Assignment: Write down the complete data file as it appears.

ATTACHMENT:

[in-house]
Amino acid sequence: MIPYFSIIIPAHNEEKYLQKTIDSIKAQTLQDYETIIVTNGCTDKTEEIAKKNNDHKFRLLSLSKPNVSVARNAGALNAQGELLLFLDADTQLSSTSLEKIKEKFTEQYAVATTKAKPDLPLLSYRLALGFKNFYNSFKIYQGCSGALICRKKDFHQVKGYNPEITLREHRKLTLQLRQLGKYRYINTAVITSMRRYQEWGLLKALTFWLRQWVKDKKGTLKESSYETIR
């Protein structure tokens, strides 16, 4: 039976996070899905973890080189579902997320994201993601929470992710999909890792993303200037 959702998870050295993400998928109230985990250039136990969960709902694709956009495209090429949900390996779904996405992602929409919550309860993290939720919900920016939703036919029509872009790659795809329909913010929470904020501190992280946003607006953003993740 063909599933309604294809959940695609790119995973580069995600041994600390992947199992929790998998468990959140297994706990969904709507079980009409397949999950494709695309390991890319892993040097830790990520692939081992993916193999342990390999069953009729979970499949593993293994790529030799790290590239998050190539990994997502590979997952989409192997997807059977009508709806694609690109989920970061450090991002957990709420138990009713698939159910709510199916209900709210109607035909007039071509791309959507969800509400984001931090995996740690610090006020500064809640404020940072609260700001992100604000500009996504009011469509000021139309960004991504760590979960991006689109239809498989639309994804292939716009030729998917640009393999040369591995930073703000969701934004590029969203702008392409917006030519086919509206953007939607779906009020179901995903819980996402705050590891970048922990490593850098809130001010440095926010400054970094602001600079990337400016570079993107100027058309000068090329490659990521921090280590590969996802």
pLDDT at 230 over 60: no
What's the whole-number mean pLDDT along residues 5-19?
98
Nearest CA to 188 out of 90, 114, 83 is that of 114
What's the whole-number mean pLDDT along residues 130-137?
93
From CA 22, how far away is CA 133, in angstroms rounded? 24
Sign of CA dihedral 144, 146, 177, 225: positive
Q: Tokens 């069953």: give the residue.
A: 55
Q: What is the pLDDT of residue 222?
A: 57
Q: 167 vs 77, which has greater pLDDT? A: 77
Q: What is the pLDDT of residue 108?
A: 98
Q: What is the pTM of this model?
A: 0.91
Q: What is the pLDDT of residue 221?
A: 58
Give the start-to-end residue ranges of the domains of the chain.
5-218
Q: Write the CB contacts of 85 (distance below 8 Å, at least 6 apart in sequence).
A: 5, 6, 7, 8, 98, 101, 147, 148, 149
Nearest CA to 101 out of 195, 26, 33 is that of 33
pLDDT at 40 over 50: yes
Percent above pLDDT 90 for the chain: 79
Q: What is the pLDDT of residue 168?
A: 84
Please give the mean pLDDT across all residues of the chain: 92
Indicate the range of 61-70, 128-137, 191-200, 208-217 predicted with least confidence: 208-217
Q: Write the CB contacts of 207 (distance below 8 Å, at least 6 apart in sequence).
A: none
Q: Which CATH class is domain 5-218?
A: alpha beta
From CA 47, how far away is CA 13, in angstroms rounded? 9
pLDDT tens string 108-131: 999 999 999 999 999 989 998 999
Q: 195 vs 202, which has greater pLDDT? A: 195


[in-house]
Amino acid sequence: MIPYFSIIIPAHNEEKYLQKTIDSIKAQTLQDYETIIVTNGCTDKTEEIAKKNNDHKFRLLSLSKPNVSVARNAGALNAQGELLLFLDADTQLSSTSLEKIKEKFTEQYAVATTKAKPDLPLLSYRLALGFKNFYNSFKIYQGCSGALICRKKDFHQVKGYNPEITLREHRKLTLQLRQLGKYRYINTAVITSMRRYQEWGLLKALTFWLRQWVKDKKGTLKESSYETIR
């Protein structure tokens, strides 16, 4: 039976996070899905973890080189579902997320994201993601929470992710999909890792993303200037 959702998870050295993400998928109230985990250039136990969960709902694709956009495209090429949900390996779904996405992602929409919550309860993290939720919900920016939703036919029509872009790659795809329909913010929470904020501190992280946003607006953003993740 063909599933309604294809959940695609790119995973580069995600041994600390992947199992929790998998468990959140297994706990969904709507079980009409397949999950494709695309390991890319892993040097830790990520692939081992993916193999342990390999069953009729979970499949593993293994790529030799790290590239998050190539990994997502590979997952989409192997997807059977009508709806694609690109989920970061450090991002957990709420138990009713698939159910709510199916209900709210109607035909007039071509791309959507969800509400984001931090995996740690610090006020500064809640404020940072609260700001992100604000500009996504009011469509000021139309960004991504760590979960991006689109239809498989639309994804292939716009030729998917640009393999040369591995930073703000969701934004590029969203702008392409917006030519086919509206953007939607779906009020179901995903819980996402705050590891970048922990490593850098809130001010440095926010400054970094602001600079990337400016570079993107100027058309000068090329490659990521921090280590590969996802």
pLDDT at 230 over 60: no
What's the whole-number mean pLDDT along residues 5-19?
98
Nearest CA to 188 out of 90, 114, 83 is that of 114
What's the whole-number mean pLDDT along residues 130-137?
93
From CA 22, how far away is CA 133, in angstroms rounded? 24
Sign of CA dihedral 144, 146, 177, 225: positive
Q: Tokens 């069953």: give the residue.
A: 55
Q: What is the pLDDT of residue 222?
A: 57
Q: 167 vs 77, which has greater pLDDT? A: 77
Q: What is the pLDDT of residue 108?
A: 98
Q: What is the pTM of this model?
A: 0.91
Q: What is the pLDDT of residue 221?
A: 58
Give the start-to-end residue ranges of the domains of the chain.
5-218
Q: Write the CB contacts of 85 (distance below 8 Å, at least 6 apart in sequence).
A: 5, 6, 7, 8, 98, 101, 147, 148, 149
Nearest CA to 101 out of 195, 26, 33 is that of 33
pLDDT at 40 over 50: yes
Percent above pLDDT 90 for the chain: 79
Q: What is the pLDDT of residue 168?
A: 84
Please give the mean pLDDT across all residues of the chain: 92
Indicate the range of 61-70, 128-137, 191-200, 208-217 predicted with least confidence: 208-217
Q: Write the CB contacts of 207 (distance below 8 Å, at least 6 apart in sequence).
A: none
Q: Which CATH class is domain 5-218?
A: alpha beta
From CA 47, how far away is CA 13, in angstroms rounded? 9
pLDDT tens string 108-131: 999 999 999 999 999 989 998 999
Q: 195 vs 202, which has greater pLDDT? A: 195